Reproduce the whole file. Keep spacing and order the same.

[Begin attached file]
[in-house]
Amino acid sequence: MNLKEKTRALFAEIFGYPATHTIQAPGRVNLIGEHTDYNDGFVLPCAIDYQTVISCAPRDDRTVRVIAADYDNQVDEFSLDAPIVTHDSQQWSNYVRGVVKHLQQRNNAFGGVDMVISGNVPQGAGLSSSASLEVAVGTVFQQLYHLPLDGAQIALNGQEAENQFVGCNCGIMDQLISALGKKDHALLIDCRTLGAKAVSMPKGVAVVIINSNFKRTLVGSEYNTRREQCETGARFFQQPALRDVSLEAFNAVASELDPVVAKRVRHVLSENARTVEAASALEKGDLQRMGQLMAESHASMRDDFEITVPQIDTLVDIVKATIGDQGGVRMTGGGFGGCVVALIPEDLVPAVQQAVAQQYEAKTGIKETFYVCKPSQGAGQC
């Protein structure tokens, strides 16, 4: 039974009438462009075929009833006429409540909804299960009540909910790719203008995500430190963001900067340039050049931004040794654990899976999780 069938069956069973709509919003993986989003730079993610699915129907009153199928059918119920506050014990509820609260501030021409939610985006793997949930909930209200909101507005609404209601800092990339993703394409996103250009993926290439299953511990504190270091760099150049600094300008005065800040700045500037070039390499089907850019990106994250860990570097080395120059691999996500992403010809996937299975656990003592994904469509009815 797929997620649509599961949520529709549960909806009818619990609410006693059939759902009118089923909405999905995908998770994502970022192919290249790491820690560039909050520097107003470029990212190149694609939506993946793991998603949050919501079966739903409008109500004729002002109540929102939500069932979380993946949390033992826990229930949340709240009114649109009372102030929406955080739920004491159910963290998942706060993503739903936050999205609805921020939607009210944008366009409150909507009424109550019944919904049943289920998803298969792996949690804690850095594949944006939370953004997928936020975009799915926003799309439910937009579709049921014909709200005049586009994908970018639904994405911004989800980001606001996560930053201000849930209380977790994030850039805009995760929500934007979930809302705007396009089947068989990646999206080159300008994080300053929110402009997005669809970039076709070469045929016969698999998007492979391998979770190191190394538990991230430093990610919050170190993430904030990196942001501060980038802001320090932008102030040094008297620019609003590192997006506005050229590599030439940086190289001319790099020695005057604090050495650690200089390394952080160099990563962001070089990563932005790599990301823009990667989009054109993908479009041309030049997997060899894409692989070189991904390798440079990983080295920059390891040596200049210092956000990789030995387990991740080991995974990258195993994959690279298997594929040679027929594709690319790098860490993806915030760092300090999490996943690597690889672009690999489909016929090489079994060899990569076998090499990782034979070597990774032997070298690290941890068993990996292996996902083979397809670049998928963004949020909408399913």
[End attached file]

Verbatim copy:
[in-house]
Amino acid sequence: MNLKEKTRALFAEIFGYPATHTIQAPGRVNLIGEHTDYNDGFVLPCAIDYQTVISCAPRDDRTVRVIAADYDNQVDEFSLDAPIVTHDSQQWSNYVRGVVKHLQQRNNAFGGVDMVISGNVPQGAGLSSSASLEVAVGTVFQQLYHLPLDGAQIALNGQEAENQFVGCNCGIMDQLISALGKKDHALLIDCRTLGAKAVSMPKGVAVVIINSNFKRTLVGSEYNTRREQCETGARFFQQPALRDVSLEAFNAVASELDPVVAKRVRHVLSENARTVEAASALEKGDLQRMGQLMAESHASMRDDFEITVPQIDTLVDIVKATIGDQGGVRMTGGGFGGCVVALIPEDLVPAVQQAVAQQYEAKTGIKETFYVCKPSQGAGQC
């Protein structure tokens, strides 16, 4: 039974009438462009075929009833006429409540909804299960009540909910790719203008995500430190963001900067340039050049931004040794654990899976999780 069938069956069973709509919003993986989003730079993610699915129907009153199928059918119920506050014990509820609260501030021409939610985006793997949930909930209200909101507005609404209601800092990339993703394409996103250009993926290439299953511990504190270091760099150049600094300008005065800040700045500037070039390499089907850019990106994250860990570097080395120059691999996500992403010809996937299975656990003592994904469509009815 797929997620649509599961949520529709549960909806009818619990609410006693059939759902009118089923909405999905995908998770994502970022192919290249790491820690560039909050520097107003470029990212190149694609939506993946793991998603949050919501079966739903409008109500004729002002109540929102939500069932979380993946949390033992826990229930949340709240009114649109009372102030929406955080739920004491159910963290998942706060993503739903936050999205609805921020939607009210944008366009409150909507009424109550019944919904049943289920998803298969792996949690804690850095594949944006939370953004997928936020975009799915926003799309439910937009579709049921014909709200005049586009994908970018639904994405911004989800980001606001996560930053201000849930209380977790994030850039805009995760929500934007979930809302705007396009089947068989990646999206080159300008994080300053929110402009997005669809970039076709070469045929016969698999998007492979391998979770190191190394538990991230430093990610919050170190993430904030990196942001501060980038802001320090932008102030040094008297620019609003590192997006506005050229590599030439940086190289001319790099020695005057604090050495650690200089390394952080160099990563962001070089990563932005790599990301823009990667989009054109993908479009041309030049997997060899894409692989070189991904390798440079990983080295920059390891040596200049210092956000990789030995387990991740080991995974990258195993994959690279298997594929040679027929594709690319790098860490993806915030760092300090999490996943690597690889672009690999489909016929090489079994060899990569076998090499990782034979070597990774032997070298690290941890068993990996292996996902083979397809670049998928963004949020909408399913």